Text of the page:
Inflation in Thailand hit 7.1% in May as the prolonged Russia invasion of Ukraine considerably raised the prices of oil and fresh food worldwide, the Trade Policy and Strategy Office said.
TPSO Director-General Ronnarong Phoolpipat said the consumer price index stood at 106.62 in May, compared with 100 for all of 2019. Like other countries, Thailand is seeing high inflation because demand rose in line with economic recovery, supplies were tight and international boycotts worsened the imbalance between supplies and demand.
Inflation is likely to rise even higher in June because oil prices are high compared with the same month last year, the local diesel price cap was raised, the gradual increase in the cooking gas price was set to continue this month and the fuel tariff of electricity would rise, Ronnarong said.
While diesel will be capped at 34 baht a gallon as of June 7, gasoline prices continue to rise, with gasohol 95 price at 44.65 baht a liter as of Sunday and gasohol 91 at 44.38 baht.
Prices for consumer products and food also continue to rise despite the government controlling the prices for many items. Thai Wholesale & Retail Trade Association said products seeing cost increases included Golden Mountain seasoning sauce (up 1-2 baht) and Yum Yum instant noodle (up 10 satang on May 1.) Retail prices for noodles remain unchanged due to government caps.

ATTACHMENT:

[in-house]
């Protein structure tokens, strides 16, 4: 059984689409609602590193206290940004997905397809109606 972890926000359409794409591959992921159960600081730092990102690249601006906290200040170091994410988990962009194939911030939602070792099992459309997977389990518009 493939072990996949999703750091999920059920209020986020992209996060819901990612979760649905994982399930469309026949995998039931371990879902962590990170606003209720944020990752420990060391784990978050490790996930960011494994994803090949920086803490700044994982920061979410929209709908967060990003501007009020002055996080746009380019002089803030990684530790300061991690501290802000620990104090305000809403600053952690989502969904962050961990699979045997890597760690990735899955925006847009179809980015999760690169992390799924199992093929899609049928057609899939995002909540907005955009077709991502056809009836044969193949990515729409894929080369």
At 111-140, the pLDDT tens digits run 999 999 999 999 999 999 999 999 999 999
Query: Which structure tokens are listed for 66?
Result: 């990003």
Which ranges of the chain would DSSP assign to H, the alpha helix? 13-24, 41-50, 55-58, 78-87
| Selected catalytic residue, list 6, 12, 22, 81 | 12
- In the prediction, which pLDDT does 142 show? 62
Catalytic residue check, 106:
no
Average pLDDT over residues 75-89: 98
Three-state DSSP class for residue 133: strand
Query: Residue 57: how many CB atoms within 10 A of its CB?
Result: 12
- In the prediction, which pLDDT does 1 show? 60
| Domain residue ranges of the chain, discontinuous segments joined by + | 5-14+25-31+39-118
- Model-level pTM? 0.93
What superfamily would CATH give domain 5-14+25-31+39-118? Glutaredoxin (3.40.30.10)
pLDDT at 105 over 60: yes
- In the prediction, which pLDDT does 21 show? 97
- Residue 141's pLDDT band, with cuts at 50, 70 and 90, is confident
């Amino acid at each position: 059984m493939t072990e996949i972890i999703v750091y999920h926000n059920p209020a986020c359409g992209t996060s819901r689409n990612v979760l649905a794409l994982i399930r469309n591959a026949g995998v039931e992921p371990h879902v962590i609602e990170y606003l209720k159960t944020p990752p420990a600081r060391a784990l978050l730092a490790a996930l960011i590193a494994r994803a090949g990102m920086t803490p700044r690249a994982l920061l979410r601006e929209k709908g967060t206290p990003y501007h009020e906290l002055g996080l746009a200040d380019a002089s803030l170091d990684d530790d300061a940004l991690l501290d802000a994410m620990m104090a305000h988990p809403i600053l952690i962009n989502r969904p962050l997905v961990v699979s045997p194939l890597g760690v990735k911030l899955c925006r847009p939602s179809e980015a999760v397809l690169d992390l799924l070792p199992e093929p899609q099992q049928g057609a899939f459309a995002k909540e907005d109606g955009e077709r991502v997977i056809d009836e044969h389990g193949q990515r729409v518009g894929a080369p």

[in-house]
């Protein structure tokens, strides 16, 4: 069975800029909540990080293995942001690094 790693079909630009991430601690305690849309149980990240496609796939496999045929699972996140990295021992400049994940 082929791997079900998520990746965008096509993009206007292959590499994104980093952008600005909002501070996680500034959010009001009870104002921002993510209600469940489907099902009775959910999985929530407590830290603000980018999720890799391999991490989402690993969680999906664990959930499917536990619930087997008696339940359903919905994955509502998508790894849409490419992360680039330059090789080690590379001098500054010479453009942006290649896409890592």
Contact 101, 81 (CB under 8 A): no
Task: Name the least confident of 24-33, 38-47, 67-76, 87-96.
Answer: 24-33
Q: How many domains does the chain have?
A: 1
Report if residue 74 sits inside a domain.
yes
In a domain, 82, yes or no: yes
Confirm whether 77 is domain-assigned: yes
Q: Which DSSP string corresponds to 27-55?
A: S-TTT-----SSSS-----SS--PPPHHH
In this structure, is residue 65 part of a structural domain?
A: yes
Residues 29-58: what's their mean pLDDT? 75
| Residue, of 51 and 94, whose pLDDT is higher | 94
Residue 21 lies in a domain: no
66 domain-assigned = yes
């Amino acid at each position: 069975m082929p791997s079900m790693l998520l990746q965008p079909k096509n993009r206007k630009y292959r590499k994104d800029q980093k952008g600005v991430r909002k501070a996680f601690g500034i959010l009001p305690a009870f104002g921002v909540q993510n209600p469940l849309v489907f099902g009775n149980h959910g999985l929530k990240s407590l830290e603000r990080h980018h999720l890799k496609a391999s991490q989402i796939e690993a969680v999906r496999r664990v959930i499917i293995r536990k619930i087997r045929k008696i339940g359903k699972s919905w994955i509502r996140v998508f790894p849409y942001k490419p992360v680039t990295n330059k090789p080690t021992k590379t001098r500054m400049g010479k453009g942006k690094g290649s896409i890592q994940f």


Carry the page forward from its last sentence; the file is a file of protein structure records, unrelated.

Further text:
Moreover, the price of various brands of ready-to-drink coffee was raised from 15 baht to 17 baht.
Regular buyers know prices of many products are going up, but the country’s minimum wage remains unchanged, with Chonburi at 336 baht a day.
Labor Minister Suchart Chomklin said last week that the minimum daily wage will increase this year, although the increase will not be significant.
Suchart said the increase will be determined by a national tripartite wage committee, which will also consider the rising cost of living. The increase will not be significant, he warned, so as not to damage businesses struggling from the coronavirus pandemic.